Because students are our future leaders, this budget introduces several new measures to help young Canadians get the education that they need. We want to make post-secondary studies more affordable for Canadians. The budget invests up to $20 million annually to increase direct support to students and their families through the Canada student loans program. We will expand eligibility for student loans through a reduction in the expected parental contribution starting in August 2007. We have also introduced a textbook tax credit of $65 per month for full time students and $20 per month for part time students. While these tax reductions are modest, we know and understand that every little bit helps.
Our government also believes that hard work deserves to be rewarded. Our brightest young minds deserve to keep their hard-earned bursaries and scholarships. That is why our government is eliminating federal taxes on scholarship and bursary income.
While direct assistance to students is important, our government also recognizes that improving access to post-secondary education requires more than loans, grants and bursaries. The institutions themselves must have the capacity to support the growing number of students. That is why we are establishing a one time post-secondary education infrastructure trust fund. The budget provides $1 billion for the provinces and territories to support urgent investments in infrastructure and equipment such as better classrooms and libraries, laboratories and research facilities, and to purchase new technologies and training equipment.
The demand for new skills and technologies sometimes displaces older workers. We made it clear that we will stand up for older workers. We recognize the important contribution that they make to the labour market. We are committed to finding ways to help them and will evaluate several options for assistance. Personally, I look forward to working with members of the opposition in addressing the needs of older workers.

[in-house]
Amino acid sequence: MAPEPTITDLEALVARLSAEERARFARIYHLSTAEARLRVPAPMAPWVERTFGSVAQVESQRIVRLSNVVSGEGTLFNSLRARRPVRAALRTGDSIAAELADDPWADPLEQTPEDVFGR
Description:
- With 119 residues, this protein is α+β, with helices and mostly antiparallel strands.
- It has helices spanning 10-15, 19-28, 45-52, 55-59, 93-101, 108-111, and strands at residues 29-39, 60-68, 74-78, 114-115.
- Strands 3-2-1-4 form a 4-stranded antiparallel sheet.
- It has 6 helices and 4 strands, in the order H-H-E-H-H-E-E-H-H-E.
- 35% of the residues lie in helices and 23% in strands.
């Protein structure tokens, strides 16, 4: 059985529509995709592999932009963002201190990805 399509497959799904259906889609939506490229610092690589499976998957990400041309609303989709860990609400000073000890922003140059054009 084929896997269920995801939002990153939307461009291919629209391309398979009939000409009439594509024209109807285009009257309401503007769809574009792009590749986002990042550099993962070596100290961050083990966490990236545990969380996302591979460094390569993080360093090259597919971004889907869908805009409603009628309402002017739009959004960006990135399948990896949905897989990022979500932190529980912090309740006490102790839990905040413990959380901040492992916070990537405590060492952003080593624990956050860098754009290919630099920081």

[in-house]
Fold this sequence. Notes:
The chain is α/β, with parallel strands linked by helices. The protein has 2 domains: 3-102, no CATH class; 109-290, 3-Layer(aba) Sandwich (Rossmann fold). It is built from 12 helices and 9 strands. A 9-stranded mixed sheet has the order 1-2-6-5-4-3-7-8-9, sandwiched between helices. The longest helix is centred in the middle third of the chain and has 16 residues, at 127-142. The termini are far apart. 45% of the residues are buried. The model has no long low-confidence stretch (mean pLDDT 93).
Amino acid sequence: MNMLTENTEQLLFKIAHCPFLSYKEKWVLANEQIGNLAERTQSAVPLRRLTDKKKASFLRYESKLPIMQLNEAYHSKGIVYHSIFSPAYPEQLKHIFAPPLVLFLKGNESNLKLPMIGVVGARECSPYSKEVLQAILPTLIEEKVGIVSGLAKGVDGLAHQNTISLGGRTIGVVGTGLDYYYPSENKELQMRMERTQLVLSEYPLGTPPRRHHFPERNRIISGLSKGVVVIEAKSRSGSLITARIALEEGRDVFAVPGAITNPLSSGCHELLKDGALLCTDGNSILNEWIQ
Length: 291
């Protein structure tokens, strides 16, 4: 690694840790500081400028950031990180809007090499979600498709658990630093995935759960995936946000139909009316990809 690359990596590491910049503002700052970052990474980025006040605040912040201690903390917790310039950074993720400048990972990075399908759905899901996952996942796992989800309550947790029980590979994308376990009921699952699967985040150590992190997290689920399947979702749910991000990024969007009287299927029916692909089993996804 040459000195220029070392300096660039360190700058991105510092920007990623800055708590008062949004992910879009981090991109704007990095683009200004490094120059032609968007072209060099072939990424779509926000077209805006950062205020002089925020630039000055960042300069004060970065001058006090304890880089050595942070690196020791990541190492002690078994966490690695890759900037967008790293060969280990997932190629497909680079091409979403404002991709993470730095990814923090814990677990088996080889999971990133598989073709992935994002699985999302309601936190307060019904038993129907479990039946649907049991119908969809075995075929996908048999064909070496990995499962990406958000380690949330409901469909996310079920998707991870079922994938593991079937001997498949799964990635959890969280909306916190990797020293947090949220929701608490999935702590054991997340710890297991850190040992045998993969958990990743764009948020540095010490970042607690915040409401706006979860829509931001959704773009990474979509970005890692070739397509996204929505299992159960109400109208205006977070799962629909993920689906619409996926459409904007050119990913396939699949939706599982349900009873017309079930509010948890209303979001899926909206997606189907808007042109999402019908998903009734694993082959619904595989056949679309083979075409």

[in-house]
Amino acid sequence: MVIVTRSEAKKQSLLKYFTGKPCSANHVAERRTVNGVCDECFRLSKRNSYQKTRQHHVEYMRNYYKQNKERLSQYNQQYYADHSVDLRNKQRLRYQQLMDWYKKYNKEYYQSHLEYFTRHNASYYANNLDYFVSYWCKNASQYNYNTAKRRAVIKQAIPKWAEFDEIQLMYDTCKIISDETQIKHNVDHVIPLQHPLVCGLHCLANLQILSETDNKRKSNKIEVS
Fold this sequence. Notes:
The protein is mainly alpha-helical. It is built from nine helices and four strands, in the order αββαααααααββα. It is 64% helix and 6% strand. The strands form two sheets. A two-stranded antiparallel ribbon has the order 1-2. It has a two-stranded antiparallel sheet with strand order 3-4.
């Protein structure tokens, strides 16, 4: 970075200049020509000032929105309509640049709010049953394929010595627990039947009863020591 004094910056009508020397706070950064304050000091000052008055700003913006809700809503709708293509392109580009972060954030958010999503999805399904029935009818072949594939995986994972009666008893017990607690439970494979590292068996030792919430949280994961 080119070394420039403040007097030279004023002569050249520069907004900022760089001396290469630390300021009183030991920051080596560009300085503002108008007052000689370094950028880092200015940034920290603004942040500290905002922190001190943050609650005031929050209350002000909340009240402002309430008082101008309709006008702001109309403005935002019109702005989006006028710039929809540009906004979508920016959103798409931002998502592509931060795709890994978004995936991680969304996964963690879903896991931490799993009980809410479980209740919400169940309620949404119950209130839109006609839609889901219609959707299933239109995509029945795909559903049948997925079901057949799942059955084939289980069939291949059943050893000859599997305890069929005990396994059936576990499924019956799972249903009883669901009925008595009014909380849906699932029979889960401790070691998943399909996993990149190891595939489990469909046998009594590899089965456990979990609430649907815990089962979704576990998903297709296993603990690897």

While assistance to human capital is important, our government also recognizes the need for investment in housing infrastructure. We are determined to help make quality housing more affordable and available for Canadian families, particularly aboriginal Canadians and people living in Canada's north. To this effect, our government is investing $800 million in affordable housing to help provinces and territories increase the number of safe and affordable housing units. In addition, the budget provides up to $300 million to provinces to address immediate pressures in off reserve aboriginal housing and up to $300 million to territories for affordable housing in the north.
Canada's seniors could also use their government's support. That is why our government is following through on our commitments to double the pension income credit from $1,000 to $2,000 in 2006. This will benefit nearly 2.7 million seniors with pension income and will remove approximately 85,000 pensioners from the tax roll.
Our government is also addressing the needs of some 3.6 million Canadians living with a disability. Effective this July, we will increase the maximum annual child disability benefit to $2,300, up sharply from $2,044. We are also extending eligibility for this benefit to virtually all families caring for a child who is eligible for the disability tax credit. This is good news for families struggling with the challenges of providing for the needs of their family members with disabilities.
Our government is following through on our campaign commitments. We offered Canadians a platform of hope and of change. Canadians voted for this change and we are now proud to follow through on our commitments. I urge all hon. members to support the choices of Canadians and to join me in supporting this budget.